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Two hours into the trading day, Wells Fargo (NYSE: WFC ) stock is down 0.6%. Each of the Big Four banks, as well as the market's three major indices, are all hovering right around the break-even point -- with some up, some down, and some sliding back and forth. Chalk this lackadaisical, can't-make-up-my-mind attitude to jitters over the start of earnings season.
Wells as bellwether
Second-quarter earnings season has actually kicked off already, with Alcoa (NYSE: AA ) reporting yesterday. The aluminum giant met or beat analyst expectations, but the stock is trading down today. There's just no making some people happy.
On the financials front, both Wells and JPMorgan Chase (NYSE: JPM ) are reporting their Q2 results this Friday. Alcoa is a closely watched stock since it's traditionally the first company to report, but the market also keeps a close eye on the big banks, where the financial crisis kicked off five years or so ago.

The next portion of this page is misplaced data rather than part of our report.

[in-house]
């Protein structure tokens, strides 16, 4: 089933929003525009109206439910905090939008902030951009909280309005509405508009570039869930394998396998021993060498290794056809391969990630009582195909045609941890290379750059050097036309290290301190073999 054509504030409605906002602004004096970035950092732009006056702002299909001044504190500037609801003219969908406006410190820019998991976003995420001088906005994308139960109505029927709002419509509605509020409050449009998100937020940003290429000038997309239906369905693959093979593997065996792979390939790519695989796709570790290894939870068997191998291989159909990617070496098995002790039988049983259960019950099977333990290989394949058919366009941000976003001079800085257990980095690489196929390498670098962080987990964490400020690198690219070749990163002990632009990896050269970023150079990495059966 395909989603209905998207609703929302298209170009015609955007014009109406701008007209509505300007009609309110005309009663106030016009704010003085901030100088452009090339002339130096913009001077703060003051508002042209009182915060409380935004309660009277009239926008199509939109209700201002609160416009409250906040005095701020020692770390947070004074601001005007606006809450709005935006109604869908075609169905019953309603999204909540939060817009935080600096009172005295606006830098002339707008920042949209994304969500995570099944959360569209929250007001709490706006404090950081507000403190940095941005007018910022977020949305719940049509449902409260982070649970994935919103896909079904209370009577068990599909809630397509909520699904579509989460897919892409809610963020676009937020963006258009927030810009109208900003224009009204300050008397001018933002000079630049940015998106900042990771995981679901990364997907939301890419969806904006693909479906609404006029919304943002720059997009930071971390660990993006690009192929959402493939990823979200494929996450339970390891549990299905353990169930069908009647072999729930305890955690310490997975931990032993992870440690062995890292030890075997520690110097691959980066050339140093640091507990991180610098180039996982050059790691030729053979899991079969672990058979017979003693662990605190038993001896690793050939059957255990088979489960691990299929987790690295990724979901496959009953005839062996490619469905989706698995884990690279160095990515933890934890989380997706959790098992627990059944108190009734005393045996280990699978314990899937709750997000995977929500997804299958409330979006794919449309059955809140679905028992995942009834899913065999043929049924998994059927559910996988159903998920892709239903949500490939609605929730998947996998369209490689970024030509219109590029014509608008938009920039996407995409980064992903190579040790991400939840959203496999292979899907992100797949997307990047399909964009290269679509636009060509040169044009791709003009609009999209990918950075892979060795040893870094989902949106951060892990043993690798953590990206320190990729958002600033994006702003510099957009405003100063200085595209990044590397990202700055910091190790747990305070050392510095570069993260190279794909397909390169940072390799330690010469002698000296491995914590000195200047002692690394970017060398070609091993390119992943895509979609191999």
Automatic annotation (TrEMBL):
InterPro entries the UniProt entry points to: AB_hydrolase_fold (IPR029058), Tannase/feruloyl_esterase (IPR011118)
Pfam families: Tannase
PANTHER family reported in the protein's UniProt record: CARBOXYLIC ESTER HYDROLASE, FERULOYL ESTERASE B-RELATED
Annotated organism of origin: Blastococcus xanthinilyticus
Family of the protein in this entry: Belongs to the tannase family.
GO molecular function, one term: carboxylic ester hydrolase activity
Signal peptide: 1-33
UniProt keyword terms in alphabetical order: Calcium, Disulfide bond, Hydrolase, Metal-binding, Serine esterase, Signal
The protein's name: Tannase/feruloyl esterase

Foolish bottom line
The country's economic recovery is coming along nicely but is perceived to be fragile, and rightly so, for the most part. There have been too many times over the past few years when, just when it seemed some momentum was gathering, poof, away it went. Now, with the threat of the removal of quantitative easing, investor jitters are higher than ever.
Hence, a powerhouse industrial giant like Alcoa meets or beats expectations, but the stock still drops. It will likely be the same for banks this season: If investors don't see world-beating numbers, they may temporarily flee the scene. And there is some reason be fearful, at least on a short-term basis, when it comes to the big banks.
Since the Federal Reserve announced a timeline for the tapering of QE, the bond markets have been in turmoil. As such, interest rates have risen, and Wells Fargo and JPMorgan are the country's two largest home lenders. Not only that, but rising bond yields mean lower bond prices, which means assets held on banks' books are going to take a hit.
Last quarter, banks like Wells and JPMorgan reported big earnings growth on little or no revenue growth. The only way to pull off that trick is to cut internal costs, but you can only cut away so much fat before you start cutting into muscle. Earnings growth without revenue growth is unsustainable. For Wells and any of the other big banks, look for revenue growth for reassurance that your investment is on the right track.
Learn more about Wells Fargo: the only big bank built to last
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